Nisei Week 1

The nine-day Nisei Week festival, which highlights Japanese and Japanese American culture, returns on Aug. 10-18 with a slate of performances, events and exhibitions across Little Tokyo.

Since 1934, Nisei Week, the annual festival of Japanese culture, has lit up the streets of Little Tokyo. Thousands of people come out each year for a variety of events that highlight the experiences and culture of Japanese Americans (“Nisei” refers to second-generation Japanese Americans).

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Despite a six-year halt during World War II, the festival remains a vital part of the Little Tokyo community. The 79th annual Nisei Week returns this week, with a slate of programs and events taking over the historic neighborhood in Downtown Los Angeles.

Starting on Saturday, Aug. 10, and continuing through Aug. 18, this year’s events are scheduled mostly on the weekends and feature everything from the traditional grand parade to educational classes to the popular gyoza-eating competition.

While the festival showcases nearly 90 years of Japanese American culture, Nisei Week President David Yamahata said that in recent years the focus has been on bridging the gap between the festival’s traditional options and newer events that will draw a younger and diverse crowd to Little Tokyo.

“Our mission is to share the Japanese and Japanese American culture with as many different communities as possible,” Yamahata said. “But with that said, we’re also trying to mix the traditional with some new ideas.”

Striking a balance can be challenging. Yamahata said that one of the greatest difficulties is finding a younger generation of volunteers to join the Nisei Week board and suggest events to attract a younger audience. Activities including a car show, a Rubik’s Cube tournament and a cosplay competition all reflect this aim.

Randy Masada, a board member and Vice President of Events and Programming, said that by changing up the offerings, the festival is matching the ever-developing neighborhood. That reflects a community that now has an array of housing complexes, restaurants and shops, including many that do not directly target a Japanese American audience.

“Little Tokyo is changing,” Masada said. “The whole area is gentrifying, you’re seeing all different kinds of people come in, young and old. If you look up Little Tokyo online, it’s listed as a tourist destination.”

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The bulk of the festival takes place at the Japanese American Cultural & Community Center plaza. Last year, the board added Sunset on the Plaza, a sort of night market that features local businesses, live music, food, and a beer and sake garden. The event returns on Saturday from 5-10 p.m. with 12 musical acts.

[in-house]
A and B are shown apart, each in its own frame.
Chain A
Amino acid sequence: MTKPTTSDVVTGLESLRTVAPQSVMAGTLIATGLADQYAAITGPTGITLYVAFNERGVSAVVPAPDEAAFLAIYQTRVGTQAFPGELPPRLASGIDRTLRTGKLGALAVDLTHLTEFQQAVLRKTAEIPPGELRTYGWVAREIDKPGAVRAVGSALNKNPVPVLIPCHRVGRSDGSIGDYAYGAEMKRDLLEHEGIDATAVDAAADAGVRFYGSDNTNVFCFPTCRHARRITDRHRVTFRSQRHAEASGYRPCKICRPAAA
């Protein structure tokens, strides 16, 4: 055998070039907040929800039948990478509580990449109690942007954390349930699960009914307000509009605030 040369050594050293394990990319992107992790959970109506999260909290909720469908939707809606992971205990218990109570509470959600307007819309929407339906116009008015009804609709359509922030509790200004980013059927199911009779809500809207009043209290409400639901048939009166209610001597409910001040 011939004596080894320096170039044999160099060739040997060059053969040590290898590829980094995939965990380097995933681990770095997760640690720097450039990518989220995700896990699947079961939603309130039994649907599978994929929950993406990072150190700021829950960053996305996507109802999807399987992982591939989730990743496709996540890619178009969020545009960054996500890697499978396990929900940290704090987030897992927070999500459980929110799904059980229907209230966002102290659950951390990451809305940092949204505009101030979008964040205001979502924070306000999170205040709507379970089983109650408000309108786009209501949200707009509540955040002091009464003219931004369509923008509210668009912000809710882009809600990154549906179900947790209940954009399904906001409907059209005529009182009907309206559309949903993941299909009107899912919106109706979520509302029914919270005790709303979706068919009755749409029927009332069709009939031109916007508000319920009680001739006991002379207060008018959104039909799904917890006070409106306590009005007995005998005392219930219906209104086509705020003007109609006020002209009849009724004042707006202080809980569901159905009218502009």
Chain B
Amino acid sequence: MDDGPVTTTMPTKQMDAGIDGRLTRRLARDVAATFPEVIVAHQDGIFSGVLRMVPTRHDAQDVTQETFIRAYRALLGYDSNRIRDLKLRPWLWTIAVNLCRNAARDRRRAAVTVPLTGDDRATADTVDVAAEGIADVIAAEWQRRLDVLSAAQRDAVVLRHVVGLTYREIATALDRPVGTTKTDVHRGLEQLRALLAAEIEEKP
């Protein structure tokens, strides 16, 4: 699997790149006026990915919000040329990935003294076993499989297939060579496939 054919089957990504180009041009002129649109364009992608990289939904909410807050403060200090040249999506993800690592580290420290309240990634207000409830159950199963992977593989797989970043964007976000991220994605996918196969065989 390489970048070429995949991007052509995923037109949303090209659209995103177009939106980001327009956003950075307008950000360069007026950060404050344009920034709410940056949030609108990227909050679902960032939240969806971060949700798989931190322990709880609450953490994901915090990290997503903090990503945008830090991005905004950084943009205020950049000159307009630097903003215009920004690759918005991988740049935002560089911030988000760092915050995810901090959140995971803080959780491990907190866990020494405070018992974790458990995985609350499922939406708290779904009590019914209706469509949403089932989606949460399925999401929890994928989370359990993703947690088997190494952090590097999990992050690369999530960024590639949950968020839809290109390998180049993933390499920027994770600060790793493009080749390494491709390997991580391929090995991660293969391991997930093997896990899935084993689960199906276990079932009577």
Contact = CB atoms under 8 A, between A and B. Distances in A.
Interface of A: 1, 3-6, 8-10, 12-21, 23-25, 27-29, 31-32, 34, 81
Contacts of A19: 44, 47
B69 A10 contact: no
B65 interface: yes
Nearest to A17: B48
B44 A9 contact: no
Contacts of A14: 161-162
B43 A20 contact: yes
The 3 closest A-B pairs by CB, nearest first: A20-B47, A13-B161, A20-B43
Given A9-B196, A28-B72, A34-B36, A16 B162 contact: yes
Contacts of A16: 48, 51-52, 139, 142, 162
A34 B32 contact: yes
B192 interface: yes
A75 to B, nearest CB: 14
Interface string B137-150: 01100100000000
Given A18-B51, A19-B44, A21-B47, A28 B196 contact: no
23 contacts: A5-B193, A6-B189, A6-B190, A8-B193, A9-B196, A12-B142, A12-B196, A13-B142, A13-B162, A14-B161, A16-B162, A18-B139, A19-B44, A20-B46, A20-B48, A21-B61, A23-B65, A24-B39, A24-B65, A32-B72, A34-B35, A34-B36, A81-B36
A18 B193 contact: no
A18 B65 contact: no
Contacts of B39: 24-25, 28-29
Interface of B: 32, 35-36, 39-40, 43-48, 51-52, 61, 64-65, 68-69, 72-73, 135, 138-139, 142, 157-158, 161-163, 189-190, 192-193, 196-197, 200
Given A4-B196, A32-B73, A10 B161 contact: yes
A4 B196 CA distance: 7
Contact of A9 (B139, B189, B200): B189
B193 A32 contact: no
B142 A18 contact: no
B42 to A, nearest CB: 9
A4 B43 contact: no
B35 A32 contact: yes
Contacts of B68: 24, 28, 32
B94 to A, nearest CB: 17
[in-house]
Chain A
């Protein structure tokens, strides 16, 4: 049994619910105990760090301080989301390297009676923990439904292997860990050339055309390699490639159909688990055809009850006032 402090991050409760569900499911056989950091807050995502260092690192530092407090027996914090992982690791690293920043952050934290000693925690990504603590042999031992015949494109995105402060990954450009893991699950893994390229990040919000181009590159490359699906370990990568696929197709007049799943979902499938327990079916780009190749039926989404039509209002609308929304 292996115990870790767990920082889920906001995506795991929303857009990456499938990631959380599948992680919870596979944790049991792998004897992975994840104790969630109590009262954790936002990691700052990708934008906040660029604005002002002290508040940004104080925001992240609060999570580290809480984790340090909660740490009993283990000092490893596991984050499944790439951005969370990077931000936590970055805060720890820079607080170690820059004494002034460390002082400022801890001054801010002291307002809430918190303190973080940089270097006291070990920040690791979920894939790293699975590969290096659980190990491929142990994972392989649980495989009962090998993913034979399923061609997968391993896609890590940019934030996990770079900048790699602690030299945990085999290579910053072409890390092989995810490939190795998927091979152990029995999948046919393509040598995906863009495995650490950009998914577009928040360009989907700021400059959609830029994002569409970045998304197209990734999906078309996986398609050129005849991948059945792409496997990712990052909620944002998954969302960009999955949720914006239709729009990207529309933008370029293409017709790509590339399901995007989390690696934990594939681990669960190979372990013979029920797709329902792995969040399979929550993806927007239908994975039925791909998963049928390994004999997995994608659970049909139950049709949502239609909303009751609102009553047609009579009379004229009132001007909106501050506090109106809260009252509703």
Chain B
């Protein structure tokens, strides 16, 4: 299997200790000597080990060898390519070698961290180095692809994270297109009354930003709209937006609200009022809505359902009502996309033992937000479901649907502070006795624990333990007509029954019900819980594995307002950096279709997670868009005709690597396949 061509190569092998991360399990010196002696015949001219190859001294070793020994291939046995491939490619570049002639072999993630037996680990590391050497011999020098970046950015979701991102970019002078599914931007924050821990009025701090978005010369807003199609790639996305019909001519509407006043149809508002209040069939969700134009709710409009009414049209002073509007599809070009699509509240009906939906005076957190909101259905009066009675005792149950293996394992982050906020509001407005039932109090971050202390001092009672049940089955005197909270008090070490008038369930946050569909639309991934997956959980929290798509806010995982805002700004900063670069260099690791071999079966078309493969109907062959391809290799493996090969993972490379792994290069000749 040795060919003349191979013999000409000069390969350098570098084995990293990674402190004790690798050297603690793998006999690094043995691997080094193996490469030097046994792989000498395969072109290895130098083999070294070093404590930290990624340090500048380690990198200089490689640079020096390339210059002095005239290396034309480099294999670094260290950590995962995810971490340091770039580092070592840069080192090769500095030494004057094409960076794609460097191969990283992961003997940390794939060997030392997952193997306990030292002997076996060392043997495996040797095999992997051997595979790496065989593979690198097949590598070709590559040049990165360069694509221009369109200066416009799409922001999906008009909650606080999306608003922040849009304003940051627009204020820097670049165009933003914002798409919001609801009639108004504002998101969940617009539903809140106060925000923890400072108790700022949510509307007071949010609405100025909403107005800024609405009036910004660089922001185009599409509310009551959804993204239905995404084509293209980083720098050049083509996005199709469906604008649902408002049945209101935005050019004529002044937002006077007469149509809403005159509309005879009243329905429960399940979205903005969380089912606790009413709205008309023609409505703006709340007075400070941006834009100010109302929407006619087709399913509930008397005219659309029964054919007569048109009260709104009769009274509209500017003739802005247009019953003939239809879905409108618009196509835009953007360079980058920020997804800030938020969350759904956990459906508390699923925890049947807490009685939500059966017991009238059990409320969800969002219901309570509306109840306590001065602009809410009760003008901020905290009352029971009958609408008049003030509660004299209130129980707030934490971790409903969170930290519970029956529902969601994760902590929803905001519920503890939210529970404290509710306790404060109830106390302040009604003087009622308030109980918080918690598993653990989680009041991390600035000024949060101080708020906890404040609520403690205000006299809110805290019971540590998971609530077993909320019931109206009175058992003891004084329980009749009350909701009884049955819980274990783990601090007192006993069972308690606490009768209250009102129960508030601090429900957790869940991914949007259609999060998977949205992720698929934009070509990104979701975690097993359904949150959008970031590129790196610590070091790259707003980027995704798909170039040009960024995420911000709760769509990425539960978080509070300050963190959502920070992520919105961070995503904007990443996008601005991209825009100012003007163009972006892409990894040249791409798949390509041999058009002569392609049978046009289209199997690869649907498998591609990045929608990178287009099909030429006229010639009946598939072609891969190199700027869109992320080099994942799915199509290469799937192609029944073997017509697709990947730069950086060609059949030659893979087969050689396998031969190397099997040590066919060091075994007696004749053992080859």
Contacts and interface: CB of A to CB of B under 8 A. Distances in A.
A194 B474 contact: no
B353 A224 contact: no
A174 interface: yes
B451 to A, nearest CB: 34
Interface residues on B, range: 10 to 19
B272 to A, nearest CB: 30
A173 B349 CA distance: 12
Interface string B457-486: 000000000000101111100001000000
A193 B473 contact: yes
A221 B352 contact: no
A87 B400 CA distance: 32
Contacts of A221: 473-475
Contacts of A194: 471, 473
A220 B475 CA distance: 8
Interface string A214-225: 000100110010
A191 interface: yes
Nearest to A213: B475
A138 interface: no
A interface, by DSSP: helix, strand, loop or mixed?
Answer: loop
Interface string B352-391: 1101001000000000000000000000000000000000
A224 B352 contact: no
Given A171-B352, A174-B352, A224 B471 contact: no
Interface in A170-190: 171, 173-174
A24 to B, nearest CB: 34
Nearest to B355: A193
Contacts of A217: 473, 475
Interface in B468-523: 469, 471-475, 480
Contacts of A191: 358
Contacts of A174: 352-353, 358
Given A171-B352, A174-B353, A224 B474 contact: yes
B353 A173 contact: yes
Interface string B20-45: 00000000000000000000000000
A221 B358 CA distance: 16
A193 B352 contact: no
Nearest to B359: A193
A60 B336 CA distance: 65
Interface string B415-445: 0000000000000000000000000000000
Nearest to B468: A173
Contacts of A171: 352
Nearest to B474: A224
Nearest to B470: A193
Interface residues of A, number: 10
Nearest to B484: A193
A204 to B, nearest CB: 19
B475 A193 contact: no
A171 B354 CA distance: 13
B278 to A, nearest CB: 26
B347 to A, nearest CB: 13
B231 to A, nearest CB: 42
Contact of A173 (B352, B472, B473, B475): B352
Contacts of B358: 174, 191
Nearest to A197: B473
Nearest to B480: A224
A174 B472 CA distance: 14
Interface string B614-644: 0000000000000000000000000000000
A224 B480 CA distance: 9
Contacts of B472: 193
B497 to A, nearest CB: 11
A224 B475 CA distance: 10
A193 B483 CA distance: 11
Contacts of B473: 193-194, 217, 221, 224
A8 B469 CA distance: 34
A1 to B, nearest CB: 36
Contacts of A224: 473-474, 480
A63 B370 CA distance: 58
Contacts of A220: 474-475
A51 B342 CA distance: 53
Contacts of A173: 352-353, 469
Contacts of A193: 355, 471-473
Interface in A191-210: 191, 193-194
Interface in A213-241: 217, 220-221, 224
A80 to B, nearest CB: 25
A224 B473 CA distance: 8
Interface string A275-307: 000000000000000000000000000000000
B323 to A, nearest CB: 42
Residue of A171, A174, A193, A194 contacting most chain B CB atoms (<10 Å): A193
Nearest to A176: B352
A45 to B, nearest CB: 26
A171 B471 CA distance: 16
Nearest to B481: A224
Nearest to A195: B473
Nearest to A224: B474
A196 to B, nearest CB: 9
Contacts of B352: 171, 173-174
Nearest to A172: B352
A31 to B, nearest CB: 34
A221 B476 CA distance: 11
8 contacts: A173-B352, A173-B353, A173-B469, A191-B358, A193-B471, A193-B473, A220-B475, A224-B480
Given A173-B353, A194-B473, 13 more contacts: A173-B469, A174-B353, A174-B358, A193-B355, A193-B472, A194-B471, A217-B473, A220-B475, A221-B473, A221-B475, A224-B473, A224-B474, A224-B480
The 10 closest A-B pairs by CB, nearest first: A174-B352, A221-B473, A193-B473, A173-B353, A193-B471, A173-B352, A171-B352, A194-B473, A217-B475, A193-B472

Inside the JACCC, people can find exhibits on tea ceremonies, ceramics, flower arranging, calligraphy and more.

Masada said that there is a push to use the festival as a platform for artists and businesses.

"We really crammed it in this year,” Masada said. “We wanted to try to support as many artists as we could in a short period of time.”

Another returning feature is Aki’s Pup-Up Party. Named after the festival’s mascot, Aki the Akita, and taking place on Sunday from 10 a.m.-3 p.m. at the JACCC plaza, the event is an ode to the dog lovers of Downtown, and includes a dog fashion show, pet snacks and animal adoption opportunities.

Helen Ota, a Nisei Week board member and director of donor engagement and special events at the JACCC, said that the addition of the Pup-Up also reflects a changing Downtown.

"Especially in Little Tokyo, we’re seeing a lot of dogs in the neighborhood,” Ota said.

Eat Those Dumplings

The new events are intended to complement, not overshadow, the longstanding neighborhood traditions that make up the bulk of Nisei Week. That includes the Natsumatsui Family Festival, which returns to the Japanese American National Museum on Saturday from 11 a.m.-5 p.m. Visitors can glimpse JANM’s exhibits, check out performances and participate in family-friendly arts and craft opportunities.

A Nisei Week highlight is always the Grand Parade. Starting on Sunday at 4 p.m. and snaking throughout Little Tokyo, it includes a colorful array of floats and dancers, as well as war veterans and community members.

This year Akemi Miyake, a local philanthropist, will serve as the parade grand marshal, and the Los Angeles Clippers will be the parade marshals.

Building Bridges through Ukuleles

A huge crowd is expected at the 13th annual Day-Lee Foods World Gyoza Eating Championship, which takes place at the JACCC on Aug. 17. Last year, competitive eating champ Joey Chestnut consumed a startling 359 dumplings in 10 minutes.

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The 13th annual Day-Lee Foods World Gyoza Eating Championship returns to the JACCC plaza. Last year competitive eating champion Joey "Jaws" Chestnut consumed a startling 359 dumplings to take home the top prize.

The festivities conclude with the Ondo Public Street Dancing Party along First Street on Aug. 18, followed by a closing ceremony. Yamahata said it’s not uncommon to see people jump out of the crowd and into the fray to try a few of the traditional dance moves.

“It really attracts a large crowd and that is where you really get to see that this is really for all ages,” Yamahata said.

With an 80th year celebration on the horizon, Ota said she hopes that people not only enjoy Nisei Week, but also view it as an educational opportunity, and soak up knowledge about Japanese art and culture.

A full Nisei Week schedule is at niseiweek.org.

sean@downtownnews.com

©Los Angeles Downtown News 2019